Mudlark Poster No. 156 (2018)

Labyrinths: To Borges

by John Valentine

Abraham and Isaac

A late night call, the resounding
whisper. Preparations began

immediately. A staff, the blade,
determination. Heads full of

trust and confusion. How many fathers
on the road? How many sons? Directly

to Moriah. Lightning in the glare of
duty. Rain for the meek. A strange

wind where nothing stirred. An altar.
Agony of renunciation. And when

the boy looked up he saw the steel in
his father’s eyes. A promise lost,

a storm. Everything fading to darkness.
But suddenly, they rose and rejoiced.

Bewildered. Confused. They ran, they
staggered, they walked in sunshine and

shadow, together, all the way home, all
the way back to their love.


Though he slay me, yet will I trust in him.
                              — Job 13:15

Astigmatism, the enigma of mystics,
eyes turned inward, concave,

to the walls of the Occipital. The
mind reeling. Mural of hope

and despair, palimpsest, traces
of transcendence breaking

through. How he longed for love.
Even the greatest pain spoke

of more. Glorious suffering.
And we, the outsiders, the

seers of shadows, shall we say
God was there? Madness?

See how dust covers the bones.
See how desire is always a dream.


The condition of everything tends toward the condition of silence.
                                      —Charles Wright

Everything collapsed. Gold fillings,
piles of glasses, shoes.

A camp whistle screaming, infallible,
always on time.

The sound of string quartets. Mozart
at the gate. Men here, women

and children there. Showers. All night
the sound of trains. Inexorable

clocks. Relentless, broken. Liberators then with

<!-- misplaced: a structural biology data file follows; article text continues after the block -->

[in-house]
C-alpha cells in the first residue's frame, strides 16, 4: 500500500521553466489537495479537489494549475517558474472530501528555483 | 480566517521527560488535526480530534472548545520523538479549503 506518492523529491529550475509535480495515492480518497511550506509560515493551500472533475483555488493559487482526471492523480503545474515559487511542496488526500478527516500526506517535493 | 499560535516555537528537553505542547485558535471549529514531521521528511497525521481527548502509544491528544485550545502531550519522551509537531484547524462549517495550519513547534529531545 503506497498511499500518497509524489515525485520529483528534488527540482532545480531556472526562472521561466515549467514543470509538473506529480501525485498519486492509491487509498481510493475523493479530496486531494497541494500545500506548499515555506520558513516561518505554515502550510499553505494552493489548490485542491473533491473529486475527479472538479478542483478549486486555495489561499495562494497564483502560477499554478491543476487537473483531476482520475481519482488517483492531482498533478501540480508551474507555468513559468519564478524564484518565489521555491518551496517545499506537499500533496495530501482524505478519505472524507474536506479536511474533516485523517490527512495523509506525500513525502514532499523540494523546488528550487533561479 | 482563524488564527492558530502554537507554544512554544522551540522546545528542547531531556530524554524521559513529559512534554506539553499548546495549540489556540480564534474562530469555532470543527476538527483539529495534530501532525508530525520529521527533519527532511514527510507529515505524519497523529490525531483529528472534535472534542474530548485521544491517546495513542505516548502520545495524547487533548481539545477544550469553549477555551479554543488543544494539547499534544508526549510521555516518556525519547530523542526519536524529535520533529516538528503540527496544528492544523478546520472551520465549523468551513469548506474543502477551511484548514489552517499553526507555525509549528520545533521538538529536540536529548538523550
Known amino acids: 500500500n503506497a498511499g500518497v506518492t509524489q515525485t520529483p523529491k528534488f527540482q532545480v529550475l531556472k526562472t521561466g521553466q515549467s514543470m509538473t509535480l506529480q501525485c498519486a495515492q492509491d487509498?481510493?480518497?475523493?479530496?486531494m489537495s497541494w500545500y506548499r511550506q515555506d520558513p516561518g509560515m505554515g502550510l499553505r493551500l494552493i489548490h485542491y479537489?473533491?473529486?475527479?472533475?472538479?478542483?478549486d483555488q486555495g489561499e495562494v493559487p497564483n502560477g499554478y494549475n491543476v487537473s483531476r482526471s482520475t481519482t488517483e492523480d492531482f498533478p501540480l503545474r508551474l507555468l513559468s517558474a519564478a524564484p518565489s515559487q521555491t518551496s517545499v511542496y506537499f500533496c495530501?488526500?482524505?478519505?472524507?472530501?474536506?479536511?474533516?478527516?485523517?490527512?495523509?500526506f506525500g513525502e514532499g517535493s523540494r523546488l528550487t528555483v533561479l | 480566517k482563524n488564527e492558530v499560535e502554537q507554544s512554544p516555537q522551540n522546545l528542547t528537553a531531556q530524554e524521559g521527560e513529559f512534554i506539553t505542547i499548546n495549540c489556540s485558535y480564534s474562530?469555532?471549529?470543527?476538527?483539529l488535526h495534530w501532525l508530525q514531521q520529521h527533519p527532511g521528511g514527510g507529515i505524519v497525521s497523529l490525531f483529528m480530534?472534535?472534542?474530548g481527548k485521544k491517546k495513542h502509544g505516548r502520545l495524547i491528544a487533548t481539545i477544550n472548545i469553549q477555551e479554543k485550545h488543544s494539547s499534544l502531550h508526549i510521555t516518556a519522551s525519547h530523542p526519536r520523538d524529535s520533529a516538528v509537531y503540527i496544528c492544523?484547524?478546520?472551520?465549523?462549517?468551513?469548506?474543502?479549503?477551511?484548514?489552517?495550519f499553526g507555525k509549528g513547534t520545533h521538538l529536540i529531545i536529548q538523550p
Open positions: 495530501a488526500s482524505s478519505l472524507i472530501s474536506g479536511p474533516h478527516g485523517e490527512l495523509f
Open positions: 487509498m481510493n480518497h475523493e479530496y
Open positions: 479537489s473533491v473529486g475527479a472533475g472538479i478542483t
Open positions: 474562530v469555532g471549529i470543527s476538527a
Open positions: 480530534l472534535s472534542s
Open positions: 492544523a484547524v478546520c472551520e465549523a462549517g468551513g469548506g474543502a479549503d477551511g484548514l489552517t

horror caught in their throats, like falling

into hell. Days when the bones rattled. Days
of blood and ash. Days when the wind

stopped and nothing, nothing could be heard
but silence.

The Last Soldier Killed in Vietnam

for Tim O’Brien

South or north, the rich delta wet
with rice, mountains under

a bloodshot moon, inscrutable eye.
Beaches like smallpox, gouged

by ordnance, still exploding.
Insinuations of a shadow, there

and not there, somewhere in
the highlands, everywhere,

nowhere. The last soldier killed
still drifting in the dawn, the fog.

The last bullet, you can almost see it,
the sudden tracer round, furiously

flashing, then gone, leaving nothing,
not even a trace. Nothing now.

Only the dry pages, cracked, memory’s
lost leaves. Hearts still searching

the stars, the dark jungles, the restless
winds of war.

John Valentine teaches philosophy at the Savannah College of Art and Design in Savannah, Georgia. His poems have appeared in various journals, including The Sewanee Review, The Midwest Quarterly, Southern Poetry Review, The Adirondack Review and Rock Salt Plum Review. He has had five chapbooks published with Pudding House Publications and one chapbook with Big Table Publishing.